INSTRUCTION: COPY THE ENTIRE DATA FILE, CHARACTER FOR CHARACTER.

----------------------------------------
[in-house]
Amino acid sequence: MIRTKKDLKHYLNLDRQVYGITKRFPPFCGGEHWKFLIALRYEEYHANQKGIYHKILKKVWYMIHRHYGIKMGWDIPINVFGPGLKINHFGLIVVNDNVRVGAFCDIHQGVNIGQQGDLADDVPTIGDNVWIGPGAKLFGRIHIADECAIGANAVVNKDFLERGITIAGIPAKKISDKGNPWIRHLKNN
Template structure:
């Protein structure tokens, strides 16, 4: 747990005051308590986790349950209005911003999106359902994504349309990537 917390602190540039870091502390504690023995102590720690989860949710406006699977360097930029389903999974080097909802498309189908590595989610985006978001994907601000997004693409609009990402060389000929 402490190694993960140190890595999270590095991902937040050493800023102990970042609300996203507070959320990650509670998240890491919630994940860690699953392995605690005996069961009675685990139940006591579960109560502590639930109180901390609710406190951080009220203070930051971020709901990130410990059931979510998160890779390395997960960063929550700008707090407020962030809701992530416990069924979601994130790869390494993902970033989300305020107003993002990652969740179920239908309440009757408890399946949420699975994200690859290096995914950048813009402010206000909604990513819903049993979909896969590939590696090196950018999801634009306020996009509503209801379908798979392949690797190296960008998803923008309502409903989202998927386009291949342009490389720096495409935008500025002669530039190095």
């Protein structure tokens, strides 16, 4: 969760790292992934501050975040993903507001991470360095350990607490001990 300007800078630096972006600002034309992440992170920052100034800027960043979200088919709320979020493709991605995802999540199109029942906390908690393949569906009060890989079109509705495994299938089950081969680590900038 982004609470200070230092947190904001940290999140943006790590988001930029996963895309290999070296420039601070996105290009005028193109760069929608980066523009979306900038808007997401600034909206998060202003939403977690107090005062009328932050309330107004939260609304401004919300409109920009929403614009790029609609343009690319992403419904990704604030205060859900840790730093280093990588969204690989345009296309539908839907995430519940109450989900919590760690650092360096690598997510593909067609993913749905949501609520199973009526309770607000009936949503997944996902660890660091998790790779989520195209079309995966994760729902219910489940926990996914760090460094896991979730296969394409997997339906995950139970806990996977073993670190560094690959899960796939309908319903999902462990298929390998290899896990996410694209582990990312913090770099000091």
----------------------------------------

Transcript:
[in-house]
Amino acid sequence: MIRTKKDLKHYLNLDRQVYGITKRFPPFCGGEHWKFLIALRYEEYHANQKGIYHKILKKVWYMIHRHYGIKMGWDIPINVFGPGLKINHFGLIVVNDNVRVGAFCDIHQGVNIGQQGDLADDVPTIGDNVWIGPGAKLFGRIHIADECAIGANAVVNKDFLERGITIAGIPAKKISDKGNPWIRHLKNN
Template structure:
């Protein structure tokens, strides 16, 4: 747990005051308590986790349950209005911003999106359902994504349309990537 917390602190540039870091502390504690023995102590720690989860949710406006699977360097930029389903999974080097909802498309189908590595989610985006978001994907601000997004693409609009990402060389000929 402490190694993960140190890595999270590095991902937040050493800023102990970042609300996203507070959320990650509670998240890491919630994940860690699953392995605690005996069961009675685990139940006591579960109560502590639930109180901390609710406190951080009220203070930051971020709901990130410990059931979510998160890779390395997960960063929550700008707090407020962030809701992530416990069924979601994130790869390494993902970033989300305020107003993002990652969740179920239908309440009757408890399946949420699975994200690859290096995914950048813009402010206000909604990513819903049993979909896969590939590696090196950018999801634009306020996009509503209801379908798979392949690797190296960008998803923008309502409903989202998927386009291949342009490389720096495409935008500025002669530039190095």
């Protein structure tokens, strides 16, 4: 969760790292992934501050975040993903507001991470360095350990607490001990 300007800078630096972006600002034309992440992170920052100034800027960043979200088919709320979020493709991605995802999540199109029942906390908690393949569906009060890989079109509705495994299938089950081969680590900038 982004609470200070230092947190904001940290999140943006790590988001930029996963895309290999070296420039601070996105290009005028193109760069929608980066523009979306900038808007997401600034909206998060202003939403977690107090005062009328932050309330107004939260609304401004919300409109920009929403614009790029609609343009690319992403419904990704604030205060859900840790730093280093990588969204690989345009296309539908839907995430519940109450989900919590760690650092360096690598997510593909067609993913749905949501609520199973009526309770607000009936949503997944996902660890660091998790790779989520195209079309995966994760729902219910489940926990996914760090460094896991979730296969394409997997339906995950139970806990996977073993670190560094690959899960796939309908319903999902462990298929390998290899896990996410694209582990990312913090770099000091």